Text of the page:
AT FIRST it was just a rumor. A rumor that, deep down, most of us knew was true. The coronavirus had breached the prison walls. Then there were two green duffle bags in the officer’s station. Proof. Then there were five. They might as well be body bags.
Prisoners suspected of having COVID-19 are called over the unit’s unintelligible microphones and told to report to the officer’s desk. They make the trek like dead men walking. Sent to medical to be evaluated. If they meet the symptoms criteria, and the county health official deems it necessary, they are tested. Thrown into a quarantine cell, that until a few days ago was the hole, pending their results. They either come back to the unit with a negative test, or a Corrections Officer (CO) marches to their cell with a crumpled green duffle bag tucked under an arm to fill it with everything they own. As of yesterday, not a single inmate has returned from the trip to healthcare.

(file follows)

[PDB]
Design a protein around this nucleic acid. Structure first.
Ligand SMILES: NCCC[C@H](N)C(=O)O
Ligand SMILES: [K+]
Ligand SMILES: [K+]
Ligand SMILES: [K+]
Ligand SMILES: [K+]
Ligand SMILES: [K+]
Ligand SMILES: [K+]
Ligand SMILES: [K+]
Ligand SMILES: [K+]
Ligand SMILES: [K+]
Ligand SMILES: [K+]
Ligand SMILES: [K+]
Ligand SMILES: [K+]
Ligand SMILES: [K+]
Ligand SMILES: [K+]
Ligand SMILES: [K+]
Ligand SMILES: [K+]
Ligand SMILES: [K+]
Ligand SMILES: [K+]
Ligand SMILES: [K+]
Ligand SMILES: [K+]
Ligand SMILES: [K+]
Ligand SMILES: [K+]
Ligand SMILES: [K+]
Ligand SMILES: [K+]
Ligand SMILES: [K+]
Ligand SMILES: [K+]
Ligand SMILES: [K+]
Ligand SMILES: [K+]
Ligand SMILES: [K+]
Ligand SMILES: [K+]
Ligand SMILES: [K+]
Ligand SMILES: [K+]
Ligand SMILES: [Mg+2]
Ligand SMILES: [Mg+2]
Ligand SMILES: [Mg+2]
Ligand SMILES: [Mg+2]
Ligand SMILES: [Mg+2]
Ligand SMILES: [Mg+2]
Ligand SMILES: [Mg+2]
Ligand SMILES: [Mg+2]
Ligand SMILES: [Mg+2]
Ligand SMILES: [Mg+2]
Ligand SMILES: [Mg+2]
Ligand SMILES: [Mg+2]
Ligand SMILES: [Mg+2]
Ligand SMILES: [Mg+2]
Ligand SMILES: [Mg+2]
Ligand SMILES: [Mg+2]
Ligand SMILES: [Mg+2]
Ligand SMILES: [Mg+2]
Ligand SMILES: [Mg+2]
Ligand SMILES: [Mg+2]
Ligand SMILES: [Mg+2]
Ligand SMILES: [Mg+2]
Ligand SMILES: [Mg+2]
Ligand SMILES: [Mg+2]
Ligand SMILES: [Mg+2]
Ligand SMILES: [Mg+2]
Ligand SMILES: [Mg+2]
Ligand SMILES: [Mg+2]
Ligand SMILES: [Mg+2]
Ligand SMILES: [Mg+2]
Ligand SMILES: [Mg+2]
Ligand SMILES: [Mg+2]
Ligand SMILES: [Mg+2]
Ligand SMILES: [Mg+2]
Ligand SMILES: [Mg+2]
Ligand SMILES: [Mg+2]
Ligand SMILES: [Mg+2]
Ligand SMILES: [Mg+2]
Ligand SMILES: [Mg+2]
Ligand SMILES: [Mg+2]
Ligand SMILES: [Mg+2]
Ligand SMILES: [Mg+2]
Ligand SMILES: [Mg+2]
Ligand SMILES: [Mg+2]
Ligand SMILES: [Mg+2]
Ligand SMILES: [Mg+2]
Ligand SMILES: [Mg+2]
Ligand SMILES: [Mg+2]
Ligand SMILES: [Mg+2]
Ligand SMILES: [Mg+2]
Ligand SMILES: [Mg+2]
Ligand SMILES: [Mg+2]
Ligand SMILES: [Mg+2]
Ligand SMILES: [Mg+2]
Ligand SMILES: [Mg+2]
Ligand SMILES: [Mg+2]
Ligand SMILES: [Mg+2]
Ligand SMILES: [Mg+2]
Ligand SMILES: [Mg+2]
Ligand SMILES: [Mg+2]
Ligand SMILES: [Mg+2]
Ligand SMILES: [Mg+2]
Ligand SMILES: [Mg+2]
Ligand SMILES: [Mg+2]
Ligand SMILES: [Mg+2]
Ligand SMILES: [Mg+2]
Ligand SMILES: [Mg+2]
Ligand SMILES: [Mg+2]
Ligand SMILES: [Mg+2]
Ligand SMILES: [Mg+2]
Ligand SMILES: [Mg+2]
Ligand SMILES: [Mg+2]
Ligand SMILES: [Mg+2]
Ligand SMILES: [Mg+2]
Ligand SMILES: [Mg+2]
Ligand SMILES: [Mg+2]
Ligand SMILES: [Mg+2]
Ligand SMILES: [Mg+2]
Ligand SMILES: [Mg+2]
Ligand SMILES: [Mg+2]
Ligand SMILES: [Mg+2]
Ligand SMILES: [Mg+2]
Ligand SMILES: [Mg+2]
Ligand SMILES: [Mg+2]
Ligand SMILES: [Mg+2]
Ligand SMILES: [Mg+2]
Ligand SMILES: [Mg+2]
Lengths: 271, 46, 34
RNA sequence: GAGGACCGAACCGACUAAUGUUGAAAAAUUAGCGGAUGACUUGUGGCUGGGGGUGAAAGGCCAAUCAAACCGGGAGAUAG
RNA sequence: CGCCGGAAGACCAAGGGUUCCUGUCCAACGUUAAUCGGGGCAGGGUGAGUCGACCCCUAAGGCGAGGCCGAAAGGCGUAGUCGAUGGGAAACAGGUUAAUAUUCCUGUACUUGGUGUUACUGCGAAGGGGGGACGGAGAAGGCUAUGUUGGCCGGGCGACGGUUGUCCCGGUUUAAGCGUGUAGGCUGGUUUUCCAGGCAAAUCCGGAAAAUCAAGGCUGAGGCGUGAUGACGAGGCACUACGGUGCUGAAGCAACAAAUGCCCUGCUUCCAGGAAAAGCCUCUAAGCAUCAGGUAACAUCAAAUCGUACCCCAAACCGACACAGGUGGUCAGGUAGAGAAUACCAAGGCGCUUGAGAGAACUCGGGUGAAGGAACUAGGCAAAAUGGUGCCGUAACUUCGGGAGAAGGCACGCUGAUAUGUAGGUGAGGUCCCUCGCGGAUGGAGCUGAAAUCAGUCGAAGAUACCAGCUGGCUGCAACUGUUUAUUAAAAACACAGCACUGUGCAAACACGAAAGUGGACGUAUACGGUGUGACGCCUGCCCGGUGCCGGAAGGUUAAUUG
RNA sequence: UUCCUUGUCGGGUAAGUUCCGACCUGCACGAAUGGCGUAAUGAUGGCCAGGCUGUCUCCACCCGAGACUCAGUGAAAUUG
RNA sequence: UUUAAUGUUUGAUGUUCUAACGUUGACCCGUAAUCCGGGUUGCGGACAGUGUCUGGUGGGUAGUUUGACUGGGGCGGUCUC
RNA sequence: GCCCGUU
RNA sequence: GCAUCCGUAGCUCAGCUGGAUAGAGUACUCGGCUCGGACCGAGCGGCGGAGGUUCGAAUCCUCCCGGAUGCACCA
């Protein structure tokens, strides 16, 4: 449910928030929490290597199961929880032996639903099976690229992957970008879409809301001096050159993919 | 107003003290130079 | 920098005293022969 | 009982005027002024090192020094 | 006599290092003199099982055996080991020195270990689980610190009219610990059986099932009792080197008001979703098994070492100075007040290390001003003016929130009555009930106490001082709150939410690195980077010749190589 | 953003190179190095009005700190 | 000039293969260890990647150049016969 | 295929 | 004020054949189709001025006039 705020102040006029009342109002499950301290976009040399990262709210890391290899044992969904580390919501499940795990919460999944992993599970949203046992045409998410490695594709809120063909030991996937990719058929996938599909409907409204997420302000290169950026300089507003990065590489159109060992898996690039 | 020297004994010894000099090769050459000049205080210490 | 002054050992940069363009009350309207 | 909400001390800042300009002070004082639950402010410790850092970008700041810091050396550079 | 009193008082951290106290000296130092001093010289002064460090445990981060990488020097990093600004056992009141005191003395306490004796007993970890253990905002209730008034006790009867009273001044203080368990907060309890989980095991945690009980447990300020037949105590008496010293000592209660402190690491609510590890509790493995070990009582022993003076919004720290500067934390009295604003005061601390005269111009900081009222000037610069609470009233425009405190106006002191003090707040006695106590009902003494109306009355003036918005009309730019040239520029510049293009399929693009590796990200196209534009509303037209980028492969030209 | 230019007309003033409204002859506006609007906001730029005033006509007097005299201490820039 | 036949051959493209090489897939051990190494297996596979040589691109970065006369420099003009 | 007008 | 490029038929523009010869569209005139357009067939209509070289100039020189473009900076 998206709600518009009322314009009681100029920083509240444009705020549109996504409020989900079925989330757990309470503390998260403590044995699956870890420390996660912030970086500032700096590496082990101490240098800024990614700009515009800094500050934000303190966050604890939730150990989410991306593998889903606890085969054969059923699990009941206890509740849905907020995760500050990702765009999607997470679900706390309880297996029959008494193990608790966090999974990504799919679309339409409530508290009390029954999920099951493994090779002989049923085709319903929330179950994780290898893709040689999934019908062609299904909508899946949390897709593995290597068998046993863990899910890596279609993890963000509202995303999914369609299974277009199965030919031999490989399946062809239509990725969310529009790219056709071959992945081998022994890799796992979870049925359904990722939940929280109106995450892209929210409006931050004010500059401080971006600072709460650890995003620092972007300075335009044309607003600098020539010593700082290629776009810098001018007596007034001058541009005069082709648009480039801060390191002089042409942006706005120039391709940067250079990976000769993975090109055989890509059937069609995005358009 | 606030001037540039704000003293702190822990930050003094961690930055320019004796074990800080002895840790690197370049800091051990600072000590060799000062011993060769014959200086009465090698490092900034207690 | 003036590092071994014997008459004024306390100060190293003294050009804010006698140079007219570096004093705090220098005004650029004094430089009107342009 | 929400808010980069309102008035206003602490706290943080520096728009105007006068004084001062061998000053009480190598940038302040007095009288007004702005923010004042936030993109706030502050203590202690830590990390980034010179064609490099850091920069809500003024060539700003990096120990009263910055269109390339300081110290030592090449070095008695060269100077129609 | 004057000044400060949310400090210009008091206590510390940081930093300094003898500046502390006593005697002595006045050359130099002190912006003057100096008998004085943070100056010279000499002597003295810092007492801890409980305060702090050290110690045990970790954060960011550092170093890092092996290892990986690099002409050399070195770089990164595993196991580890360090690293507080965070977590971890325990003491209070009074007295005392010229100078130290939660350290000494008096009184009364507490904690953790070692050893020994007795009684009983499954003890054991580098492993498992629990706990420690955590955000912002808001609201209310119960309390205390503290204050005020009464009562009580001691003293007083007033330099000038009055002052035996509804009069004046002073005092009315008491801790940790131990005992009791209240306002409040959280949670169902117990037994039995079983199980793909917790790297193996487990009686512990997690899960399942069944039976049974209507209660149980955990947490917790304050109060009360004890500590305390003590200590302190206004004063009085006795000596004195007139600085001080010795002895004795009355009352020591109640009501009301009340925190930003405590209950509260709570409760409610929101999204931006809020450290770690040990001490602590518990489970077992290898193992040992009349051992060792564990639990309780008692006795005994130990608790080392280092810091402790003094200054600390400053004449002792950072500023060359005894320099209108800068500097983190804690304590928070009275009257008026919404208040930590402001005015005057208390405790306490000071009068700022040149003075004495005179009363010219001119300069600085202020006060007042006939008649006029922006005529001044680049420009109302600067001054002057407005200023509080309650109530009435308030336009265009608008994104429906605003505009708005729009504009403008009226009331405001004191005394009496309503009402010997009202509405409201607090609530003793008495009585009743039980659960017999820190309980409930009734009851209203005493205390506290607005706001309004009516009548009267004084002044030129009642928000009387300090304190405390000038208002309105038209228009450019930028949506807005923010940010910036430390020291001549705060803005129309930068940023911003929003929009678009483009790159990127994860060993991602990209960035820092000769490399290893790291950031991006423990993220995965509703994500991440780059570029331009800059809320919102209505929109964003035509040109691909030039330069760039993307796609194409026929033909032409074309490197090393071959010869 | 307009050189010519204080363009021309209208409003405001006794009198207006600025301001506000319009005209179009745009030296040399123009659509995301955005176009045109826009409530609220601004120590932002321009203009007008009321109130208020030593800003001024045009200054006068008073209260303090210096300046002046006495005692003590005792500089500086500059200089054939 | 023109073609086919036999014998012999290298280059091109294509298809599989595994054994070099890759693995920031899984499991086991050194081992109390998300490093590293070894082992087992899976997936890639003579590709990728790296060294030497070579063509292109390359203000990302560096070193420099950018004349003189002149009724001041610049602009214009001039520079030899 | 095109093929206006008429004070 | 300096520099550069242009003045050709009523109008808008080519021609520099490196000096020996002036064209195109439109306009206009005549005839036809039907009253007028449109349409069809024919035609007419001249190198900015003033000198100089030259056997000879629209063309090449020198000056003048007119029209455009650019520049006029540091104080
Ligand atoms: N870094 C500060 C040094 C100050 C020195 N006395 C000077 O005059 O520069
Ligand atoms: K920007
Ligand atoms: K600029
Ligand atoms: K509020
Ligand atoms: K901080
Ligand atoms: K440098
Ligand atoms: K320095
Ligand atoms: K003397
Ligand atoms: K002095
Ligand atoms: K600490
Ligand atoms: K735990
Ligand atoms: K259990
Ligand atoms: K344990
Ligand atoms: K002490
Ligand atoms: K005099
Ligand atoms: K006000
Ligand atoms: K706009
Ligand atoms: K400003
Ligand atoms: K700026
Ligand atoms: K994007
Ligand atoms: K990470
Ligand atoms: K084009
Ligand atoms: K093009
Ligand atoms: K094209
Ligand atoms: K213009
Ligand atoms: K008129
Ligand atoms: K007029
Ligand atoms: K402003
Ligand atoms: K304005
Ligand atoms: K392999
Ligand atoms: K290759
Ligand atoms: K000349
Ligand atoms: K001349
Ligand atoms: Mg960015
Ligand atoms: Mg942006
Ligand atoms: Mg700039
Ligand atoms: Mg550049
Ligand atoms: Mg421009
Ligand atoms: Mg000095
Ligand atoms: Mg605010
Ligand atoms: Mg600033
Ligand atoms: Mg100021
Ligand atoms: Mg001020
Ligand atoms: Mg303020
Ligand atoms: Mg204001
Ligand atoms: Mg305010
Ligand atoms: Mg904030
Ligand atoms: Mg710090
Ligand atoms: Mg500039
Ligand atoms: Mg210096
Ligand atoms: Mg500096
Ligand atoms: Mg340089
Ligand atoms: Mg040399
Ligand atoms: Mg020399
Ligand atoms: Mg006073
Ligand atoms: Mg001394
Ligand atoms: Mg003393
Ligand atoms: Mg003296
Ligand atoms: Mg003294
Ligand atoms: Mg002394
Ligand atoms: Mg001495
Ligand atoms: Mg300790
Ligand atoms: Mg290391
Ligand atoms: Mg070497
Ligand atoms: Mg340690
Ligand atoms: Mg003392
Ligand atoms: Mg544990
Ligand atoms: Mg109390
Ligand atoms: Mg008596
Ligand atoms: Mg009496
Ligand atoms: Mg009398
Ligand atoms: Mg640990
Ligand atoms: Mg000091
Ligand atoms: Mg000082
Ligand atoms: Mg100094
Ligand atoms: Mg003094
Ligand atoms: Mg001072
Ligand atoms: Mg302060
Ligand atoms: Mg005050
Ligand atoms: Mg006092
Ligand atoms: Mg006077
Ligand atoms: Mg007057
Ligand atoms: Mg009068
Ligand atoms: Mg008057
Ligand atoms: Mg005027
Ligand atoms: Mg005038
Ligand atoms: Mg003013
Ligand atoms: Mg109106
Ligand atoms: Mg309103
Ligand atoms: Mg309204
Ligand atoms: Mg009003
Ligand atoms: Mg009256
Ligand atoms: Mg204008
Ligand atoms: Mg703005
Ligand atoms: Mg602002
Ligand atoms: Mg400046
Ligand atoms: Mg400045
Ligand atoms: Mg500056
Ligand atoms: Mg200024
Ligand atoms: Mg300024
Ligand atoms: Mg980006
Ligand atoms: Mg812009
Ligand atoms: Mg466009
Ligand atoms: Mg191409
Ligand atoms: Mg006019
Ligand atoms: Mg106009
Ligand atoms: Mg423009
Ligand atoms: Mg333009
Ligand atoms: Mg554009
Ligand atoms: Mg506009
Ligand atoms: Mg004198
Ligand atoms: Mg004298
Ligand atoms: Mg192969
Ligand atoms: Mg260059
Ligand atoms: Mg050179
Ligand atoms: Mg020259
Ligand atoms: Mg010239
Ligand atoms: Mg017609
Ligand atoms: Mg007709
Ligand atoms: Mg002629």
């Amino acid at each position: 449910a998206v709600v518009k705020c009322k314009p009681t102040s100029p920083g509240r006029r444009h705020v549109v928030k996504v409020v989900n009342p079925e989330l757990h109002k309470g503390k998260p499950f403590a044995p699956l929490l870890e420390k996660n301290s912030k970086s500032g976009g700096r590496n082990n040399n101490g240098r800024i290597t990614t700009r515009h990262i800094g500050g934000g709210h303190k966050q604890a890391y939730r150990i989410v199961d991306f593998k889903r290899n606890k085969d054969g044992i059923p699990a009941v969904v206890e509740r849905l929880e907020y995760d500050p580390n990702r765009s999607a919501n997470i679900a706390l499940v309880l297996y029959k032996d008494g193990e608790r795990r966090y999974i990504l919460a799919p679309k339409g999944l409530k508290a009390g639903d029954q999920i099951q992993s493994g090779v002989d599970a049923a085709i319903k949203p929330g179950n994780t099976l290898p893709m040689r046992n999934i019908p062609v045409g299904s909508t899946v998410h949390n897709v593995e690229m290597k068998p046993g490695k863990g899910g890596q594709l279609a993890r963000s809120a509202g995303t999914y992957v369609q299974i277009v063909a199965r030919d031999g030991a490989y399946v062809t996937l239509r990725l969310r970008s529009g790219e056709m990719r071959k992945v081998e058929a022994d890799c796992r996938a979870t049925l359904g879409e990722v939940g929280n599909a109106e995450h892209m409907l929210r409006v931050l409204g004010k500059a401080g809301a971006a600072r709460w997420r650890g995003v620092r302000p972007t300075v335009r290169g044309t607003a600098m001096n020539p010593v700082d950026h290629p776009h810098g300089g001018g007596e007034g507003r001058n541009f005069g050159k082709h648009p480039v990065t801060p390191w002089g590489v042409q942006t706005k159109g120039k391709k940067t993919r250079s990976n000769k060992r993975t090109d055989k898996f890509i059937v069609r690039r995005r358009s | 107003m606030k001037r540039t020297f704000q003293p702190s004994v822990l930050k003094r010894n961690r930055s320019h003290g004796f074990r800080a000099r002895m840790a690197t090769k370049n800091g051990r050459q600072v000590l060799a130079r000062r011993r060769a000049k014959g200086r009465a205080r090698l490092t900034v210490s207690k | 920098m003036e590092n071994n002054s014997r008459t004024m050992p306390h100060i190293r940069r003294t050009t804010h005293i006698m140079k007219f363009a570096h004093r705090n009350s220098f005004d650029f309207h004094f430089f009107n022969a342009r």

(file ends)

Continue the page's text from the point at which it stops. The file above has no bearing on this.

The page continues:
That’s just recent protocol. We were infected long before the facility had the tests to prove it. For weeks, before terms like “PPE masks” and “social distancing” were the norm, inmates coughed up and down the galleries, spreading COVID-19 aerosols on keyboards, telephone receivers, and microwaves. And nothing was done. While the news cycles warned of community spread, inmates hacked into their hands and dealt poker or shuffled dominoes.
As the outside world panicked, we licked our fingers clean at the chow hall and sipped coffee from the same cup.
Ignorance is bliss. Or at least it’s indifferent. As long we could deny the cause of our headaches, coughs and fevers, as allergies or bronchitis (both actual excuses I heard) we wouldn’t have a thing to worry about.